A disruption or a security incident? The distinction between the two is important in the recovery process. Therefore, you should find the cause of your outage and involve the security team in your processing.  

You’re investing time and resources in restoring your systems. However, if the outage is actually a security incident caused by an external cyberattack, this could be wasted effort. Hackers encrypt backups or replicate disruptions, and you can’t resolve the outage.  

Therefore, its important to identify the cause of the disruption at the beginning of the recovery process and focus your cyber security measures on the right target. 

6. The 360-degree perspective: Keep an eye on your employees 

Technology, communication, and management – that's all well and good, but don't lose sight of your employees after dealing with an outage. Because the risk lurks not only in customer loss, but also in the internal handling of an emergency. 

Plan for the time after the outage, listen to your employees, and compensate for possible overtime.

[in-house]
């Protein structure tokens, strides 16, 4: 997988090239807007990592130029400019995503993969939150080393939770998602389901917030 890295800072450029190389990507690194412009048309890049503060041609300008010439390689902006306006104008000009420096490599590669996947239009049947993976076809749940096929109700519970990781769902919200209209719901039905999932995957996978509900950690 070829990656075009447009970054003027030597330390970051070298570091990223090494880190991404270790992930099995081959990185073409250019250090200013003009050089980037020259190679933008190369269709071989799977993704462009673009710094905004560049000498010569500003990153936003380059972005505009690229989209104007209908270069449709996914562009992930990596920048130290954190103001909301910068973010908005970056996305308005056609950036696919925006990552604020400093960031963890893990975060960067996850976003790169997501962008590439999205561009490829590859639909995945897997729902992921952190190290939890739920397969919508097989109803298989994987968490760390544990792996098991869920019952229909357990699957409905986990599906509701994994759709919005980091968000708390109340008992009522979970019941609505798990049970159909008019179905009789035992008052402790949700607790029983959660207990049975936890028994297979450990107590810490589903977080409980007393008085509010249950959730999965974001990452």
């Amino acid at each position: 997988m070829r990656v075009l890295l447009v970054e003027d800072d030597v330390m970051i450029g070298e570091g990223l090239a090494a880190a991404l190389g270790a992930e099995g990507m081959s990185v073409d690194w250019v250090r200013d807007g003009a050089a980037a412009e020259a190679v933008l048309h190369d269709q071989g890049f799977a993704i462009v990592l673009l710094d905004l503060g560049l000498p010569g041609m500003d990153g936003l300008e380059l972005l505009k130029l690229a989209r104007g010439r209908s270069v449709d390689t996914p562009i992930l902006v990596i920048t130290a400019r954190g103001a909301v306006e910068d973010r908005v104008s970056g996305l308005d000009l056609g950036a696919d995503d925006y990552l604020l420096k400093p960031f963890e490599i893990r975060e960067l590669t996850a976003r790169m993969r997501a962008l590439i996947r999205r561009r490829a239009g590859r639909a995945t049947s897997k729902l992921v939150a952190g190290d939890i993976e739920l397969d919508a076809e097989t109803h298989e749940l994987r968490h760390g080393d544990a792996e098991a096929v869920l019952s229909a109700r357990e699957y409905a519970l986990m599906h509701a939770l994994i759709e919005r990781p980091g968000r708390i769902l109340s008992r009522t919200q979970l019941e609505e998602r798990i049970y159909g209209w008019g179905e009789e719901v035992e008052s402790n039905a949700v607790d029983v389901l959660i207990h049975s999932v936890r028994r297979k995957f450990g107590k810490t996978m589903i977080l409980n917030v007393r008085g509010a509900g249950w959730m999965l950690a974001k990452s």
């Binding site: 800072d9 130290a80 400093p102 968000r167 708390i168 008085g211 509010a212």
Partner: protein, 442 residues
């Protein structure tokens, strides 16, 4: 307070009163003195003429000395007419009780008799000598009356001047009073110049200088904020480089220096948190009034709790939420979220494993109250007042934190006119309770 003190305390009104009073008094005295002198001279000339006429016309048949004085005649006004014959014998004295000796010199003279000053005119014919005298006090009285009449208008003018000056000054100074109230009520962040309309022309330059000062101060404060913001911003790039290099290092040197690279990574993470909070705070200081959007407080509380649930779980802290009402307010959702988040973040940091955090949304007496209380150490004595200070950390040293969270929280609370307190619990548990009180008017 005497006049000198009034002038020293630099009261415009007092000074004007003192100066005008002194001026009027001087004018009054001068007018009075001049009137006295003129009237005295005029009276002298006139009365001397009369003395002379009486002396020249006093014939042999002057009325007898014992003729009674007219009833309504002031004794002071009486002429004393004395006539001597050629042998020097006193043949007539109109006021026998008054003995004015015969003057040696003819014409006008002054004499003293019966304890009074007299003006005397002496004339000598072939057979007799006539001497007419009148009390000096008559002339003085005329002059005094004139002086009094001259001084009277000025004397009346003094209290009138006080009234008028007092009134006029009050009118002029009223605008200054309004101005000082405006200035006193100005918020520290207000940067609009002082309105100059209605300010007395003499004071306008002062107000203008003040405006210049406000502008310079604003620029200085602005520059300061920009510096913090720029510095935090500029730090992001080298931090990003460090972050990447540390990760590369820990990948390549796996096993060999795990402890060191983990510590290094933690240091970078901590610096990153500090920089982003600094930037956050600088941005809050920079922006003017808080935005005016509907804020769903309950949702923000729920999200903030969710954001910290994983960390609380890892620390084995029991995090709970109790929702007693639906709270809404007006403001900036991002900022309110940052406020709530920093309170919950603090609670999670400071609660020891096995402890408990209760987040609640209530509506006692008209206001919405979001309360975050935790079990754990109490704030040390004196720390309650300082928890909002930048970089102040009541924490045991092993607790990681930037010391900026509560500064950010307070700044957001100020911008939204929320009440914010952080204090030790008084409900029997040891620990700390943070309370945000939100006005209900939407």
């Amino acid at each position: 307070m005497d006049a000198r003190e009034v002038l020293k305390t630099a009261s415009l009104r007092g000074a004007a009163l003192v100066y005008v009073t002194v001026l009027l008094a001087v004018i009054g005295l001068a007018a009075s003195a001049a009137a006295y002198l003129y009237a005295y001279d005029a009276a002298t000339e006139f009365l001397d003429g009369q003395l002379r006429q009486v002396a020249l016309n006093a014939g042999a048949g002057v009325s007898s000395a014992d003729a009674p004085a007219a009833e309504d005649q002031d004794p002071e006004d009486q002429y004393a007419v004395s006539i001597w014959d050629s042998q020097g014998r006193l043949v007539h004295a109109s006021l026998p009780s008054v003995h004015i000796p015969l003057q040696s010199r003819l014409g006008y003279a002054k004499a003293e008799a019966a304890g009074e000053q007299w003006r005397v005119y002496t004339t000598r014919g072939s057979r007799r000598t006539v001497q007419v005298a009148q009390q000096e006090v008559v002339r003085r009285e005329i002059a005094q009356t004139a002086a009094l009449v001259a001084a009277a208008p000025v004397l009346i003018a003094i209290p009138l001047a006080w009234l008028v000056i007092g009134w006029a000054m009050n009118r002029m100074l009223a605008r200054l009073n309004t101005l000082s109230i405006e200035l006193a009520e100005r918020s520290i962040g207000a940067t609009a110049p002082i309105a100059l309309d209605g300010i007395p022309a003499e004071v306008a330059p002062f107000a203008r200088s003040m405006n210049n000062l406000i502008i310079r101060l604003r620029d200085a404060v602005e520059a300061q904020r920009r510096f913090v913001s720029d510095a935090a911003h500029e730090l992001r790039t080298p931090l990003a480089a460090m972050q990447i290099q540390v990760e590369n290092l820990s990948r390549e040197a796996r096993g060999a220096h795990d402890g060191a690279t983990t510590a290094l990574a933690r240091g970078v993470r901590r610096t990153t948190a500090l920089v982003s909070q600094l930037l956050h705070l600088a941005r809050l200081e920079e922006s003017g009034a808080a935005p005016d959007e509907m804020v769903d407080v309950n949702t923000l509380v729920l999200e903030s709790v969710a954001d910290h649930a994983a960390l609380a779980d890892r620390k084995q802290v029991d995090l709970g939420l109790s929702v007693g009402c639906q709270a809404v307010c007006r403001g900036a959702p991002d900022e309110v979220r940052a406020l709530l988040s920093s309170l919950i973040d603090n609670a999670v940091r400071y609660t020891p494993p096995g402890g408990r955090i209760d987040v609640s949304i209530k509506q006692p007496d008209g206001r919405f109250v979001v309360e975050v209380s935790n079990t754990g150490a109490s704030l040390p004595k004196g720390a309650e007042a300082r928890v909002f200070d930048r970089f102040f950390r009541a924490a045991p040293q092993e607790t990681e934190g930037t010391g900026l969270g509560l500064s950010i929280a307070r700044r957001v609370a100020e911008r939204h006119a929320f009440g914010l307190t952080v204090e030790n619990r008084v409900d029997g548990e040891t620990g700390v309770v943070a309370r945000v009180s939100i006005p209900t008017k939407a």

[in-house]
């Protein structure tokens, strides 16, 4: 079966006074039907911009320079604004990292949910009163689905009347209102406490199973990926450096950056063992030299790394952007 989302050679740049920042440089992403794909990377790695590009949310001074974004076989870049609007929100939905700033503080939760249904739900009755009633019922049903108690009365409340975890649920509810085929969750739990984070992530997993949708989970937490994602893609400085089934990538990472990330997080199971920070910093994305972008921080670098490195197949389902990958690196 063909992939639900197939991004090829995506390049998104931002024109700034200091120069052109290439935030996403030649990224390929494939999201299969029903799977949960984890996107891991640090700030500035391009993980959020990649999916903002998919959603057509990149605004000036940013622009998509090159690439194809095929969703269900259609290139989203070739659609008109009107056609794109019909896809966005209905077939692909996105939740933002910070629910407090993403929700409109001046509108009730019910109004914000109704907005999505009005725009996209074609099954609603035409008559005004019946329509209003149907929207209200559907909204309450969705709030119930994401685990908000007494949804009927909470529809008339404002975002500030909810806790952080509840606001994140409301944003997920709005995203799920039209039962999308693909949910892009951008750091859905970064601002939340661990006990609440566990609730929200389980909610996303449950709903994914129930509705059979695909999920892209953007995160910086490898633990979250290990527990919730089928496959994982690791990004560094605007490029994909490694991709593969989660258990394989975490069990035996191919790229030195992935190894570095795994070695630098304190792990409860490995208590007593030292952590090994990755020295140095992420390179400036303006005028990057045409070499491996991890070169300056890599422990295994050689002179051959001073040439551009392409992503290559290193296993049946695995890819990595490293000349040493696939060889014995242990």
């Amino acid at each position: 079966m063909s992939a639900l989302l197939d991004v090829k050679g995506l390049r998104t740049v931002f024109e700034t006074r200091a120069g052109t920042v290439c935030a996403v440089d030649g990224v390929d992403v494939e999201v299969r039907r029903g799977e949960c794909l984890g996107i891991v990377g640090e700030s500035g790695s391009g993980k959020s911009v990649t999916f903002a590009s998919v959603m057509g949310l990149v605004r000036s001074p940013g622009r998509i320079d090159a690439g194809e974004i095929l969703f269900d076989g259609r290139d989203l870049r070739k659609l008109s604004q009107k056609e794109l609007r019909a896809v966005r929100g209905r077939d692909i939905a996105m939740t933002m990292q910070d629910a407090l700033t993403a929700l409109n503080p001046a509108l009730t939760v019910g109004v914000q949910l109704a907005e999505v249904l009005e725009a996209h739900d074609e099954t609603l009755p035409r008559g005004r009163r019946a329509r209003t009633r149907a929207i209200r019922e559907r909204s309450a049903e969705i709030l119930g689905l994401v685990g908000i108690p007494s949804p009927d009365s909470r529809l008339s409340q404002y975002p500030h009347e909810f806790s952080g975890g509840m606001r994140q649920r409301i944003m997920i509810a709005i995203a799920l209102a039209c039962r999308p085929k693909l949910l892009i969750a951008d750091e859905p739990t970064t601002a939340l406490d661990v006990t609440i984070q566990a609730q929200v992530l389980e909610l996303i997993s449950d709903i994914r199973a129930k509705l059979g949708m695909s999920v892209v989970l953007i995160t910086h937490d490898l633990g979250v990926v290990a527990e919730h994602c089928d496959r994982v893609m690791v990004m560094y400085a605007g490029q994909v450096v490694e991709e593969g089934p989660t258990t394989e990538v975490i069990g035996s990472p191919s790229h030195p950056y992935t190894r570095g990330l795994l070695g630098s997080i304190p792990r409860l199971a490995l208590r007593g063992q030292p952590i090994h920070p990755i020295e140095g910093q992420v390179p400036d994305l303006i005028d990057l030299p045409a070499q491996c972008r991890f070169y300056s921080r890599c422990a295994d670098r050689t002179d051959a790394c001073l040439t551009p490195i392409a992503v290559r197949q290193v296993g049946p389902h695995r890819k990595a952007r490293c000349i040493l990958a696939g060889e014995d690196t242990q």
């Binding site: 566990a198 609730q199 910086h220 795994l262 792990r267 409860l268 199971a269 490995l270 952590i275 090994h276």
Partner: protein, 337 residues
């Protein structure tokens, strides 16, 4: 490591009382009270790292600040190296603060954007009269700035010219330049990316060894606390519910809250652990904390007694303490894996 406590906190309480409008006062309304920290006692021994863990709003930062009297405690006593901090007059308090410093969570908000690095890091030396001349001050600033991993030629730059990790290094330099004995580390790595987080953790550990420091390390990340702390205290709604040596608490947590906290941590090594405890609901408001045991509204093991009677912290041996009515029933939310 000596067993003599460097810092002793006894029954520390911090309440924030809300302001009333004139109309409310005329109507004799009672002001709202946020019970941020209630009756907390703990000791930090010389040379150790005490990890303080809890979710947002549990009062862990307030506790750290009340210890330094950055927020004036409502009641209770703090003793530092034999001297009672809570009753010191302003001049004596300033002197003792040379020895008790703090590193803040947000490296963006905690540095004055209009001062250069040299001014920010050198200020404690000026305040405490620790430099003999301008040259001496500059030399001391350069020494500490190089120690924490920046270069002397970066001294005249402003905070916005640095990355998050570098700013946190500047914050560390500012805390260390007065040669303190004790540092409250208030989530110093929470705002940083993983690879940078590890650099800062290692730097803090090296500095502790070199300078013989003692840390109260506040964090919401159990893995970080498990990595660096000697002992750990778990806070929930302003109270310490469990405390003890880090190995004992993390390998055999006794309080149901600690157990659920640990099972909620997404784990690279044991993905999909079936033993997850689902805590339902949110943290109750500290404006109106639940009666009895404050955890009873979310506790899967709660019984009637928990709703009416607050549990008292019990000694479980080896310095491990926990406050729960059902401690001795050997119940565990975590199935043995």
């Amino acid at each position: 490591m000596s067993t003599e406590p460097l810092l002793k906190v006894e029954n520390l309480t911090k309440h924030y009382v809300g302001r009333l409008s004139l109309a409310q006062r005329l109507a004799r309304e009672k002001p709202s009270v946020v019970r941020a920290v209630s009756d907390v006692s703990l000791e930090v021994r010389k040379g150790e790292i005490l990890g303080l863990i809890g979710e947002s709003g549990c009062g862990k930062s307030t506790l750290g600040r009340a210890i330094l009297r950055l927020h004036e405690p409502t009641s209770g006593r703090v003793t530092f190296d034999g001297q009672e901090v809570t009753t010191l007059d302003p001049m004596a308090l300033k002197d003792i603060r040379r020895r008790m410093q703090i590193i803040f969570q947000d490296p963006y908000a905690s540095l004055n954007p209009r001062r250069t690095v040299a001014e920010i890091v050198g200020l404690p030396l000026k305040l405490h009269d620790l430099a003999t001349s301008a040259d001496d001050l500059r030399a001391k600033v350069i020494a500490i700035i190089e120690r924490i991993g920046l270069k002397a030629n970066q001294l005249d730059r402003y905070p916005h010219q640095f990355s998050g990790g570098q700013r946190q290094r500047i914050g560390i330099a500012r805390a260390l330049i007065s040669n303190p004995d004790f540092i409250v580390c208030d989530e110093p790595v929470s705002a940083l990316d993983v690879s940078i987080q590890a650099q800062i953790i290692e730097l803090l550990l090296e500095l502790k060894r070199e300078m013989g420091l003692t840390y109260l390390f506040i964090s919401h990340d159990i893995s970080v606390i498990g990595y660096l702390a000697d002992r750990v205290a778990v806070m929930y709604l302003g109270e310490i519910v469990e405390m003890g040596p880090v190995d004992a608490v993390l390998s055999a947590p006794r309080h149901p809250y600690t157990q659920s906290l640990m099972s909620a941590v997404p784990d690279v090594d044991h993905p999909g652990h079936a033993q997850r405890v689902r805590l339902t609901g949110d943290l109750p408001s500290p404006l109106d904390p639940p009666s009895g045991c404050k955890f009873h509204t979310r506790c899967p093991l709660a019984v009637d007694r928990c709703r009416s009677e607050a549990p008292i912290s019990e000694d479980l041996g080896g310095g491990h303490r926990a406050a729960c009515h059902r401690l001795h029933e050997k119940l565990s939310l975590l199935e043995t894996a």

Your emergency mitigation doesn't end with restoration. Before you return to normal operations, avoid the risk of losing employees and design your work schedules and internal communication so that overtime is compensated and the work of your employees is valued. This will help you prevent resignations and internal conflicts. 

How to strengthen your cybersecurity to keep your operations running 

For businesses where availability is top priority, system outages can spell ruin. Therefore, you should strengthen your cyber security before an emergency strikes. All you need is a risk-based approach, a good management platform, and expert advice. 

Assess your risks 

Whether it's a disaster recovery plan or a preventive measure, start by identifying the risks that pose the greatest threat to your operations. Which processes are particularly important? How do you generate revenue? What brings you to a standstill in an emergency?